People v. PorterAnnotate this Case
THE PEOPLE, Respondent, v. WILLIAM EUGENE PORTER, Appellant.
Roderick L. Dungan for Appellant.
Stanley Mosk, Attorney General, William E. James, Assistant Attorney General, and Edmond B. Mamer, Deputy Attorney General, for Respondent. [196 Cal. App. 2d 685]
This is an appeal by defendant from a judgment of conviction of a violation of Penal Code section 12021 (possession of a firearm capable of concealment on the person by a felon) and a violation of Penal Code section 12020 (carrying concealed upon the person a dirk or dagger).
The facts shown by the record before us are substantially as follows: Defendant and his counsel and the district attorney waived a jury and the cause was tried before the judge. On stipulation, the cause was submitted on the testimony adduced at the preliminary examination plus a stipulation that the events recounted in the transcript of the preliminary hearing occurred while the officers were on routine patrol in the early morning hours.
The facts related are uncontradicted; defendant offering no evidence in his own behalf. At about 3:25 o'clock a. m. on August 16, 1960, Officers Simpson and Richey of the Ontario Police Department, were on patrol in their police car on Holt Avenue in that city when they saw defendant drive by with one companion. The officers, about 25 minutes earlier, had seen defendant drive by on the same street alone. On this second occasion they followed a short distance and turned on the red light. The passenger immediately slid down in the seat as though placing something under the seat or on the floor. Defendant pulled up to the curb. The officers and defendant stepped out of the cars. The officers requested identification. The passenger could not get out due to curb obstruction. The car was moved for that reason. As the passenger opened the door the officer, from a position outside the car, directed his flashlight into the car and saw the barrel of a pistol protruding from under the seat. The officer reached in and retrieved it. It proved to be a 22-caliber pistol. Defendant then pleaded for the officers to give him a "break," saying he had borrowed the gun from a friend and had been out target practicing with it. Defendant and the passenger were placed under arrest. At police headquarters they were searched. Defendant was carrying, concealed in his right rear pocket, a black-handled kitchen knife, sharpened on both sides to the point, thus forming a dagger. Certified copies of records showing prior felony convictions against defendant for the federal offense of smuggling marijuana into the United States, and of forgery and second degree burglary were placed in evidence. The defendant did not take the [196 Cal. App. 2d 686] witness stand. The court found him guilty on both counts of the information. A probation report was made. Probation was denied. Defendant was sentenced to concurrent terms on both counts, and appeals.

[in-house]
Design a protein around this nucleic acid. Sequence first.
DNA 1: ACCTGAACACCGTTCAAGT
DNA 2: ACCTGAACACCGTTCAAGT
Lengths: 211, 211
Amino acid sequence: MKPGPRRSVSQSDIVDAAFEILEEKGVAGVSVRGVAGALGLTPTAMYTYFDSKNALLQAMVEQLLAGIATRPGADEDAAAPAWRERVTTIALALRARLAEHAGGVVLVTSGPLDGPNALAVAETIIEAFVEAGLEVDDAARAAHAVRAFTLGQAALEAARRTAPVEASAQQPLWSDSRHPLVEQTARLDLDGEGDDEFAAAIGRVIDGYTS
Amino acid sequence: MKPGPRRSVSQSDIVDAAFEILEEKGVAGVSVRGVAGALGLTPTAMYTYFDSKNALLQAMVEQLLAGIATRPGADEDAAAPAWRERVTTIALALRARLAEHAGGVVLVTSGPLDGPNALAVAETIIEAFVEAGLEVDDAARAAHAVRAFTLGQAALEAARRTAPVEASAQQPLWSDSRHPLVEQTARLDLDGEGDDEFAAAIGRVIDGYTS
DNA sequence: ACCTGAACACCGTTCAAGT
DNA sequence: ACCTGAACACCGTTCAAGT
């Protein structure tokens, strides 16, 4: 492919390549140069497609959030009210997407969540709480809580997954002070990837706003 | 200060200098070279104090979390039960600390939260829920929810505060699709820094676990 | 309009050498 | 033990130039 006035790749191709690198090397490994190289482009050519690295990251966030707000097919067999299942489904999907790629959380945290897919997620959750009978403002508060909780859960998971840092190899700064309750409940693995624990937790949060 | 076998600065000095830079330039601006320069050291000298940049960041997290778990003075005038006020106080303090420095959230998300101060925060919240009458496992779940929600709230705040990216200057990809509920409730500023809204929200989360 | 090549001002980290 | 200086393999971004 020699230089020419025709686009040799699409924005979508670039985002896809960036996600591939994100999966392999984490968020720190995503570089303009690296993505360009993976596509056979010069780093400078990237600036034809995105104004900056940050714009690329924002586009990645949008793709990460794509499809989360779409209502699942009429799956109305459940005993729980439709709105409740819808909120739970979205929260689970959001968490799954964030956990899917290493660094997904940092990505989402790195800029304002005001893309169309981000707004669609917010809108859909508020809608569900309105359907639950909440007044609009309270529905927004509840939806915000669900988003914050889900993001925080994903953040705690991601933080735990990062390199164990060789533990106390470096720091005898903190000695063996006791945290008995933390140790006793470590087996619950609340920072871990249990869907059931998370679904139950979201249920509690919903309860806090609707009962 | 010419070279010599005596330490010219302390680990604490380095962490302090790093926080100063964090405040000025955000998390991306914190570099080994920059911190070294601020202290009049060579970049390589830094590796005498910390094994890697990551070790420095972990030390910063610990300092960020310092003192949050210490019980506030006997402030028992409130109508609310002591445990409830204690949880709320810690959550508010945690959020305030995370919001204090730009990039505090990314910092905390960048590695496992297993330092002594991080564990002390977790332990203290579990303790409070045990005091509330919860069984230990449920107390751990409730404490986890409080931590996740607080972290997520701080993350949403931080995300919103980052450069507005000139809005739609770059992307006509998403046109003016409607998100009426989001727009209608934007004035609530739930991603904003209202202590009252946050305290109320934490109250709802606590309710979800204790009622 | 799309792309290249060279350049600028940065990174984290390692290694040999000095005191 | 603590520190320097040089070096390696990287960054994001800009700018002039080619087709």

Stopping the Automobile
Defendant's sole point on appeal is his contention that the search of the automobile was without probable cause and that therefore the evidence on the illicitly possessed gun and knife was improperly admitted. He divides his argument into three parts. First, he contends the officers had no lawful authority to stop defendant's automobile because the officers saw no circumstances of such a suspicious nature as to warrant a search thereof.
It must be remembered that the routine stopping of a motorist for identification and checking for ownership and compliance of the vehicle with the law is quite a different matter from a search for contraband.  What this court has recently said on the subject bears repetition:
" 'Whether an officer has a right to stop a car and interrogate the occupant is an issue quite separate from whether he has a right to stop the car and to arrest the occupant and conduct a search.' [Citations.]
 "The courts of this state consistently have adhered to the proposition that a police officer may question a person outdoors at night when the circumstances are such as would indicate to a reasonable man in like position that such a course is necessary to the discharge of his duties." (People v. Ellsworth, 190 Cal. App. 2d 844, 846 [2- 3] [12 Cal. Rptr. 433]; People v. Davis, 188 Cal. App. 2d 718, 722  [10 Cal. Rptr. 610]; People v. King, 175 Cal. App. 2d 386, 390  [346 P.2d 235].)
Search and Seizure
 What the officers saw to make them suspicious prior to the time the officer, from outside the car, saw the barrel of the pistol protruding from underneath the seat, was not gone into in detail and it was not necessary to do so. Up to that time there had been no arrest and no search. The pistol barrel was in plain sight. Seeing it from outside the car was not a search. (People v. Carnes, 173 Cal. App. 2d 559, 566  [343 P.2d 626]; People v. Linden, 185 Cal. App. 2d 752, 757  [8 Cal. Rptr. 640] and cases there cited.)  Once the officer saw the pistol barrel he clearly had reasonable cause for search and seizure. (Pen. Code, § 833; People v. [196 Cal. App. 2d 687] Martin, 46 Cal. 2d 106, 108  [293 P.2d 52]; People v. Linden, supra, People v. Davis, supra, p. 780 [4-6].) The search of the car was clearly lawful. None of the authorities cited by plaintiff announce any contrary rule under this type of circumstance.
The arrest was lawful. (Pen. Code, § 836, subd. 1; People v. Murhpy, 173 Cal. App. 2d 367, 377 [22, 23a] [343 P.2d 273].)
 Search as an incident of lawful arrest produced the dagger. It was properly admitted in evidence. (Pen. Code, § 833; People v. Coleman, 134 Cal. App. 2d 594, 599  [286 P.2d 582].)
We find no merit in any of the defendant's points on appeal.
The judgment is affirmed.
Griffin, P. J., concurred.